Here's what Daymond John learned from the worst investment he ever made

Daymond John's 5 ingredients to living a successful life

Since launching apparel line FUBU with only $40 in 1992 and turning it into a $6 billion brand, entrepreneur Daymond John has invested in a lot of companies. The "Shark Tank" star has scored big with ventures like Three Jerks Jerky and Bubba's Q Boneless Ribs.

He's also taken some big losses, including one that cost him $6 million: an investment in women's fashion label Heatherette in the early 2000s.

It's the worst investment he's ever made, John tells Chris Kornelis of the Wall Street Journal.

Daymond John
By Greg Doherty | Getty Images

The label, which John was trying to help become accessible to a more mainstream audience, went under because neither he nor the co-founders knew the market very well, he says.

His main takeaway, as Kornelis puts it: "Invest in companies that want to scale what they're already doing well, not companies that need to enter a new market if they want to grow."

If John doesn't personally know the market but the entrepreneurs can prove to him that they do, that's good enough: "I may not need to know anything about it, but you do know, and you showed me you've scaled a little bit, you've done some great work. And you have a history? All right, I'm down."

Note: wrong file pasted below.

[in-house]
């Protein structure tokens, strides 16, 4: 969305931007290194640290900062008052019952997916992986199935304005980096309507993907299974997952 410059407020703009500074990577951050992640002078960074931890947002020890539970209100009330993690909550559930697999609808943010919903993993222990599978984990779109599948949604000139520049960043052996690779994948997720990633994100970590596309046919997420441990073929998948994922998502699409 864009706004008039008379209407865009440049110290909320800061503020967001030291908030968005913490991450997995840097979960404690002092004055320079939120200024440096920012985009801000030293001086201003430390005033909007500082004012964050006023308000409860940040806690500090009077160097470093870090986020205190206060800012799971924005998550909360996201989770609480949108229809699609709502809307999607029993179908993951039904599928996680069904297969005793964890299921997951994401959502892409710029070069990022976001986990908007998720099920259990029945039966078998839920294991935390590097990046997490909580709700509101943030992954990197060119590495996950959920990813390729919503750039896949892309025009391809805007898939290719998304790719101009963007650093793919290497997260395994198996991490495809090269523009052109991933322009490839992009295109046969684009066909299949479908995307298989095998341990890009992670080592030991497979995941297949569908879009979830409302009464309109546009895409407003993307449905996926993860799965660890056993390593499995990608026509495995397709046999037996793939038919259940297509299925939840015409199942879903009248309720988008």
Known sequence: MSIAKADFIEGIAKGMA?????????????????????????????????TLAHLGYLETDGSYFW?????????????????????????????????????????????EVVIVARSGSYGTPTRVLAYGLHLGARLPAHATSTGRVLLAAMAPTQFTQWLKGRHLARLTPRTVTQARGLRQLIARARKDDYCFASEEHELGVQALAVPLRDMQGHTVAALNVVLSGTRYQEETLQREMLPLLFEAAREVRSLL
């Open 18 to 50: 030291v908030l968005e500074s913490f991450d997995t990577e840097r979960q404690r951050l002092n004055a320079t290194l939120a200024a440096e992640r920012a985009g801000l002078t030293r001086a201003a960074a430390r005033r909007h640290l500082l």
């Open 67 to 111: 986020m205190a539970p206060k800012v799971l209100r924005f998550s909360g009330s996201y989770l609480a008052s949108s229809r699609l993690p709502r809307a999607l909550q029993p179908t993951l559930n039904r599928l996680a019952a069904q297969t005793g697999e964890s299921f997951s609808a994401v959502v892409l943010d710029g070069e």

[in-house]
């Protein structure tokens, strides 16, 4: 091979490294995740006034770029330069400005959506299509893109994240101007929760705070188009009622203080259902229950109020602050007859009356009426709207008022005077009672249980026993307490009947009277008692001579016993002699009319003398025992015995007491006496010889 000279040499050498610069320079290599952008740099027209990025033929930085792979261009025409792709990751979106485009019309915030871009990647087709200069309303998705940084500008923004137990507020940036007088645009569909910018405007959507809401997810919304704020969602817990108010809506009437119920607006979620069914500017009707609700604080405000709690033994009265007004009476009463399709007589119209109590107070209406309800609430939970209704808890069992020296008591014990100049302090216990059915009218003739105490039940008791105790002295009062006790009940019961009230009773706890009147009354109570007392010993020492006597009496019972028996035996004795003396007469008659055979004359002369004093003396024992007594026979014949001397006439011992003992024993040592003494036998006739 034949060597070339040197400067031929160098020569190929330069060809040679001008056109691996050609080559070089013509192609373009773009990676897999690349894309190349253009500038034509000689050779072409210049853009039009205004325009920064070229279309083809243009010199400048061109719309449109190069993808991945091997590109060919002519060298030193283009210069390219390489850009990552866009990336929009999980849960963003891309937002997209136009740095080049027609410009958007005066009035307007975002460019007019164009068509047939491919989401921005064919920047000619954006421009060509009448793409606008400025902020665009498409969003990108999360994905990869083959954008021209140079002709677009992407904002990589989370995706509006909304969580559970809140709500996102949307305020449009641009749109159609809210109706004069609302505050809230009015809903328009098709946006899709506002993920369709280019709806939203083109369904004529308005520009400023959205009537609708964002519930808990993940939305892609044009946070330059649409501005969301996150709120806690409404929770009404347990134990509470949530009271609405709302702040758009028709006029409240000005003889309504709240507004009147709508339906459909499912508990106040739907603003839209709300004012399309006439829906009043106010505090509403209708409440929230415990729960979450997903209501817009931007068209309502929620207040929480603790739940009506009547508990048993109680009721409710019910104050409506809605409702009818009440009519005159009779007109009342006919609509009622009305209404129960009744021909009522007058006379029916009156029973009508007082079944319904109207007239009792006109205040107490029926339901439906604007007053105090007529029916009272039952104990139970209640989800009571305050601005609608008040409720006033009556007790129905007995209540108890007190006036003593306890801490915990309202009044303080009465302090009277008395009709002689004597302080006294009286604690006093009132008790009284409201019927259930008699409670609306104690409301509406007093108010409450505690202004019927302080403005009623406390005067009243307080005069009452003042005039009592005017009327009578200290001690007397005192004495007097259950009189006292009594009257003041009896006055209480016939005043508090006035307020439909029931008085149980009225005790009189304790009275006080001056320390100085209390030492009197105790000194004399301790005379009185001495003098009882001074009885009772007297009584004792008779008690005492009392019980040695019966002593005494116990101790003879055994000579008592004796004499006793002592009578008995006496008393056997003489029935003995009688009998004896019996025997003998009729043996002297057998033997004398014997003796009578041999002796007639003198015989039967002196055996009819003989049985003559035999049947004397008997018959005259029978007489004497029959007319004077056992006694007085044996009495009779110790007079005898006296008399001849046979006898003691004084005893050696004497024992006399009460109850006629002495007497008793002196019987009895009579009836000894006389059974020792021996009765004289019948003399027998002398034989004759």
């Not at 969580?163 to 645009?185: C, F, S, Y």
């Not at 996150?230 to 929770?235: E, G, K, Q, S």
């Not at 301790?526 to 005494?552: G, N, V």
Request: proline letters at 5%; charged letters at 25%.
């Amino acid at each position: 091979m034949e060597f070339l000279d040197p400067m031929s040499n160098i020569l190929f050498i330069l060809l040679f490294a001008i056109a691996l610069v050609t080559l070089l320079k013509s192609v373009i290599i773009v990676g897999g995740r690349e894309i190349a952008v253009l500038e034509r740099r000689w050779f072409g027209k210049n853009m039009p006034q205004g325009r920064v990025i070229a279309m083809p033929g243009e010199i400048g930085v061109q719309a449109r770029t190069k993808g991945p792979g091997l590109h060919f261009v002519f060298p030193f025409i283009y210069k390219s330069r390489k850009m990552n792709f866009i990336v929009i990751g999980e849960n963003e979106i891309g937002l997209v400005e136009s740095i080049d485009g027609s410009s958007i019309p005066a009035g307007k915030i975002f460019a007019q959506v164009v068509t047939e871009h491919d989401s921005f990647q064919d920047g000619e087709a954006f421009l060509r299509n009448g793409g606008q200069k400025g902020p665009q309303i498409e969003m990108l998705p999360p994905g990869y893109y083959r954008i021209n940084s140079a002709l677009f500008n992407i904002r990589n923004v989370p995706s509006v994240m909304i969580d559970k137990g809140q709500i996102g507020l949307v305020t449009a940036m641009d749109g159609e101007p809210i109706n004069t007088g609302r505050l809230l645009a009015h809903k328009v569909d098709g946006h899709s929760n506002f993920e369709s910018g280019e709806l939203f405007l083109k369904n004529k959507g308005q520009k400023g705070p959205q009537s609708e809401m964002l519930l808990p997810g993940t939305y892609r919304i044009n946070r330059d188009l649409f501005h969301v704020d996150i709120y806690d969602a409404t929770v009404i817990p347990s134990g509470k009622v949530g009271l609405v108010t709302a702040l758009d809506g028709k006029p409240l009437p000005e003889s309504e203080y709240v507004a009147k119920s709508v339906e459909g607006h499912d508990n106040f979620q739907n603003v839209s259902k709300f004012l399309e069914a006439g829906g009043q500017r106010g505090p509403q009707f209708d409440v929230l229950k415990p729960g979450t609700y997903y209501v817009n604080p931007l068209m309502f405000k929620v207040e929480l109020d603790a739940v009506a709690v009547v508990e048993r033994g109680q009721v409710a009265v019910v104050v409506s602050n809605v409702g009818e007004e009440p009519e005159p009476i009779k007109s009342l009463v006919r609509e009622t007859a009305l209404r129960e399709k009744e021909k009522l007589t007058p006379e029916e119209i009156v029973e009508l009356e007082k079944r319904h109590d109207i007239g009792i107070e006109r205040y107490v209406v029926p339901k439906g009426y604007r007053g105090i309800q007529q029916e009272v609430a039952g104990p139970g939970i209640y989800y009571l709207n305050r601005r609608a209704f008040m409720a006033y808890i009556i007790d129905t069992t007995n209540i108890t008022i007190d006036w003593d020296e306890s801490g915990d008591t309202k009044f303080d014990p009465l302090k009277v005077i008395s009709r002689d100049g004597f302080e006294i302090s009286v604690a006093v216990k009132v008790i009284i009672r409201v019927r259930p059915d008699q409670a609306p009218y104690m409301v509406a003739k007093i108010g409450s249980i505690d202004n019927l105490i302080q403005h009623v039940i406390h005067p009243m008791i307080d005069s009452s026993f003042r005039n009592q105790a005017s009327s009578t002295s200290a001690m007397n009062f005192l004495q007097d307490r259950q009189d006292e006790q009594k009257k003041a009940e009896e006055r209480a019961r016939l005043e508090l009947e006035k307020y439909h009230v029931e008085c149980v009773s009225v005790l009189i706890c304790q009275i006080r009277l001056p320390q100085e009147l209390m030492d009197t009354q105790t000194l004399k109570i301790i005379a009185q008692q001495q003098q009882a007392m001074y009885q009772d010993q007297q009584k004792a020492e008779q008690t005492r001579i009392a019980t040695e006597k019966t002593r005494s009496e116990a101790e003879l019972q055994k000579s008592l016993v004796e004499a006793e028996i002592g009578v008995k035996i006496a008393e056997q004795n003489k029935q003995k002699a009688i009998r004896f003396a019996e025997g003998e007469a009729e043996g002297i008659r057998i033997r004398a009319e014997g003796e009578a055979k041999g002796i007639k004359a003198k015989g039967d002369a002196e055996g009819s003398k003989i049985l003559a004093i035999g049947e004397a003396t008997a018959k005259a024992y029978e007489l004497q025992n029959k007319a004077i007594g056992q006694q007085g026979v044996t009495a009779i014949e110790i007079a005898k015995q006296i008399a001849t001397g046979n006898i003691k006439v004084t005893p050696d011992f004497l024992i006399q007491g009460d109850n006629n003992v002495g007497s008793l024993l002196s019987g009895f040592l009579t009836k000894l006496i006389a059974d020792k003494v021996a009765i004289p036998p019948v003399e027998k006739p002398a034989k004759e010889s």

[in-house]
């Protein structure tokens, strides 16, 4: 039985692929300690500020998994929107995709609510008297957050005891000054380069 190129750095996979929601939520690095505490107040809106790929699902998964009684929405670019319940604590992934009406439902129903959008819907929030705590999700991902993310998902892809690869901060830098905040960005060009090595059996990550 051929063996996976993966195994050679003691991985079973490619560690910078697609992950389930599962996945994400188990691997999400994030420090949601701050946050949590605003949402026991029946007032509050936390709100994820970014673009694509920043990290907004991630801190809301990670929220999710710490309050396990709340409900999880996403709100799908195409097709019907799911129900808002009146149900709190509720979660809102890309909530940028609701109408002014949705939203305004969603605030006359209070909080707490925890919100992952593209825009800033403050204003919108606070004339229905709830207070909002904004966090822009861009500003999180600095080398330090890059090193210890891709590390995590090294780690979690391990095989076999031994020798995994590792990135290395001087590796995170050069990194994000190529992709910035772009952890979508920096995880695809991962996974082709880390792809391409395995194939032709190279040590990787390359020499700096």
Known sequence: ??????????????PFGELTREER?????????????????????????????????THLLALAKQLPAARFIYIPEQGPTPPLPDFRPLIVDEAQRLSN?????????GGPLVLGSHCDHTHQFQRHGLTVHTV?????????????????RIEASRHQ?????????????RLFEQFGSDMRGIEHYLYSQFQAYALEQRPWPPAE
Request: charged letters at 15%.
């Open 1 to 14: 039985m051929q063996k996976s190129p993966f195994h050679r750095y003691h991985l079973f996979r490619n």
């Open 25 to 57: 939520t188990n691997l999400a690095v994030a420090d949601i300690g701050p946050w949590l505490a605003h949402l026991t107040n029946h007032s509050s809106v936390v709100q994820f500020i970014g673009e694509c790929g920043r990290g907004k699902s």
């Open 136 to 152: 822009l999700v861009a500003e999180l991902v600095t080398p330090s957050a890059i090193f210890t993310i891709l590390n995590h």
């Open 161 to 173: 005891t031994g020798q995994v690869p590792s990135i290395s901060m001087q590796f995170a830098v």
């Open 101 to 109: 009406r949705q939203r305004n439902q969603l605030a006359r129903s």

As for winning over the shark, or any other investor, it's all about turning your attention to the person you're pitching, John tells CNBC Make It: "We all have our own problems and dreams. What's in it for the other person?"

"Ask yourself," John continues, "What makes them tick? What are they interested in? What do they want?"

How I Made It: Daymond John and the Power of Broke

The $6 million mistake with Heatherette was not the first time John made a business decision that backfired and forced him to learn a painful but important lesson. Early in his career, before he made his fortune, he lost $16,000 on a party he threw to which nobody came.

He was throwing it "for the pure fact that I wanted to make money," John said in 2016, speaking at Forefront. But he came to learn that success requires more than just the desire to get rich. "Money is not success," said John. "Money just drives your problems in a Bugatti."

"See, success can be stopping human trafficking, it can be dedicated to your faith, saving carbon imprint on this planet, saving those furry little friends of ours who can't fight for themselves, being a great husband, a great wife, a great mother, maybe you are going to be one of the most underappreciated commodities in this country: a teacher," he continued. "That is success."

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